Workers are busy in the chapel in Macroom’s former Mercy Convent as preparations are ramped up for the opening of the town’s first School of Art by the end of September.
And according to Brian Crotty, the artist and teacher who is behind the venture, the hope is that the centre will be a ray of light during what has been a very stressful time due to the COVID-19 pandemic.
An experienced teacher and arts professional, Brian married a woman from Inchageela and has seen a gap in the provision for arts education in the mid Cork area which he intends to fill with the Chapel Hill School of Art.
“This is the first phase - my final plan is that there should be a full arts centre here whenever that might be,” he said.
“Macroom deserves a first class arts centre.”
He pointed to the many artists working in the mid Cork area whose work could be exhibited in such an arts centre when it might be built.
While work is going to start by year end or early in 2021 on the Briery Gap Theatre, what Brian envisages and hopes will follow, an arts centre of the scale of Skibereen’s Uilinn Arts Centre, would complement the Briery Gap which will be focused on the performing arts.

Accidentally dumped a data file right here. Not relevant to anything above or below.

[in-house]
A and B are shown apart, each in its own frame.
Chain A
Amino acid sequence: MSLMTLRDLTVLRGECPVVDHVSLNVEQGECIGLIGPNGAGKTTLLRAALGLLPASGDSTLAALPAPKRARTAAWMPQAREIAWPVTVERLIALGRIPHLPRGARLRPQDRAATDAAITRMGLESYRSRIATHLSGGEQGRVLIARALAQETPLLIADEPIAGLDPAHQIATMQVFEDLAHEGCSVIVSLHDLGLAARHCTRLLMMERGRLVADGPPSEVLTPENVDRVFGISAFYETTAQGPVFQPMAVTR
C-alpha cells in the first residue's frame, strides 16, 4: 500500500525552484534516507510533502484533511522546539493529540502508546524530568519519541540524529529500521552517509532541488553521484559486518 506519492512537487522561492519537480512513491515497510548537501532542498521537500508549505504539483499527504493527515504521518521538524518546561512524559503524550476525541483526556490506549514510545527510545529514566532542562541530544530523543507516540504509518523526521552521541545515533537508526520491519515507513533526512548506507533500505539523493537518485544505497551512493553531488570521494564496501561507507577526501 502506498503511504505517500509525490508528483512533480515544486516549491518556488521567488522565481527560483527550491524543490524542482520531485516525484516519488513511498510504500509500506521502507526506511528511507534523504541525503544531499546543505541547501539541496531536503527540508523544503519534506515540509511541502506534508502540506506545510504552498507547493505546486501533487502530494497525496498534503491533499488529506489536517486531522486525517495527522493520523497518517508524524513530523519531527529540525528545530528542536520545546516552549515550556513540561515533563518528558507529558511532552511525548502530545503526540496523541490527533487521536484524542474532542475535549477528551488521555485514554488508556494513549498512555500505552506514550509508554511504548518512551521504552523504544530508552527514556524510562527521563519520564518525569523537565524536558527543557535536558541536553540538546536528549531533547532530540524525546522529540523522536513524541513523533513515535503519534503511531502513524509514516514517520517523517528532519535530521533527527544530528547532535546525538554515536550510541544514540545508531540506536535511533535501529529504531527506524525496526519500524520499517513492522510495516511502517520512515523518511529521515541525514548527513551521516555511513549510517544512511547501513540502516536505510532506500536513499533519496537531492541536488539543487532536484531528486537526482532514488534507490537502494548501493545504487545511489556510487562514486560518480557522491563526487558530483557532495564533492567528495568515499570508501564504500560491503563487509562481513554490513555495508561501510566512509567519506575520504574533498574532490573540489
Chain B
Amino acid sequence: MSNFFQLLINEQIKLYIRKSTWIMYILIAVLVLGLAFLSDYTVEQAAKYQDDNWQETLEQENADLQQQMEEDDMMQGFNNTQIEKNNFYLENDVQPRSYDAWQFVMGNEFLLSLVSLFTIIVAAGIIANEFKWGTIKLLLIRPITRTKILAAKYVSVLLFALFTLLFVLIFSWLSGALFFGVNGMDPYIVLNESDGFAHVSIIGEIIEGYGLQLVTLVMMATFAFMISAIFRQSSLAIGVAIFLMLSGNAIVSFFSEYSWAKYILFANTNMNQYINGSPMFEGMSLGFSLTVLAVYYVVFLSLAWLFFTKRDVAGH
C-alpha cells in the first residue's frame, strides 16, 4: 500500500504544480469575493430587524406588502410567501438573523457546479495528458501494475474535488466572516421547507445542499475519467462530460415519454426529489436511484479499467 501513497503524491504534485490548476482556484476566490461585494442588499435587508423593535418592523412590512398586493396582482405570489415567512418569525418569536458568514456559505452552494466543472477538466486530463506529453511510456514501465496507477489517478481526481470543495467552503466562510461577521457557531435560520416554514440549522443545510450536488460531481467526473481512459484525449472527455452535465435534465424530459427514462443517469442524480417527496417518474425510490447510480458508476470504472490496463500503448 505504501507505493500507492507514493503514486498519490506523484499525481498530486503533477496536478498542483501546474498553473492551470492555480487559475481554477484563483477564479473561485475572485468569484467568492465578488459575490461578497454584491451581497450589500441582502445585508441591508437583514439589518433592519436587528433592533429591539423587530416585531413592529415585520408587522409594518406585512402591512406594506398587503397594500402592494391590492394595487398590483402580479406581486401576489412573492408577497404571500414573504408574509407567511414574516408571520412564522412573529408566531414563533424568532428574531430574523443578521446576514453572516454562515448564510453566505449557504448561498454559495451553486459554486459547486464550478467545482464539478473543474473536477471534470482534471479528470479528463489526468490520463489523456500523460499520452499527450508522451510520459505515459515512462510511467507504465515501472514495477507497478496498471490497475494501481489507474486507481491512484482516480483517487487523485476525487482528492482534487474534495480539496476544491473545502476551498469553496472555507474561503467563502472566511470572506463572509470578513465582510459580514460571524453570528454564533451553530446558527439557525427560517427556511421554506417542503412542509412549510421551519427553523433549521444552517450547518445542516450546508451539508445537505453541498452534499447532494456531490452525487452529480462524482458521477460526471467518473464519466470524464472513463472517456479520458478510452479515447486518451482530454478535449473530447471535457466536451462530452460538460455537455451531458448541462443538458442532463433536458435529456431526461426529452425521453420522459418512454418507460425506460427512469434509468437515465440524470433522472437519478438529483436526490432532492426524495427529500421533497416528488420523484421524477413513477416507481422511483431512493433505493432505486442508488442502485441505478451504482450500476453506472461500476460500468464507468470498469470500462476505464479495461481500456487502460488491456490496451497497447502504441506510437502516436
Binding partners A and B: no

In the meantime, work is ongoing at the Chapel Hill School of Art in time for an open day on August 29 when those interested in getting behind the canvas will have an opportunity to come and meet the teachers and see what they might be interested in.
Teachers will be recognised local artists who have teaching experience. They will be Garda vetted and in full compliance with all relevant regulations.
Classes will be held in the evening and during the day and will be aimed at adults, children and infants.
Brian feels it’s important that artists, who don’t normally get plaudits, are supported in their own locality.
“Four generations went to this school - it has a history and now we’re creating a new history.”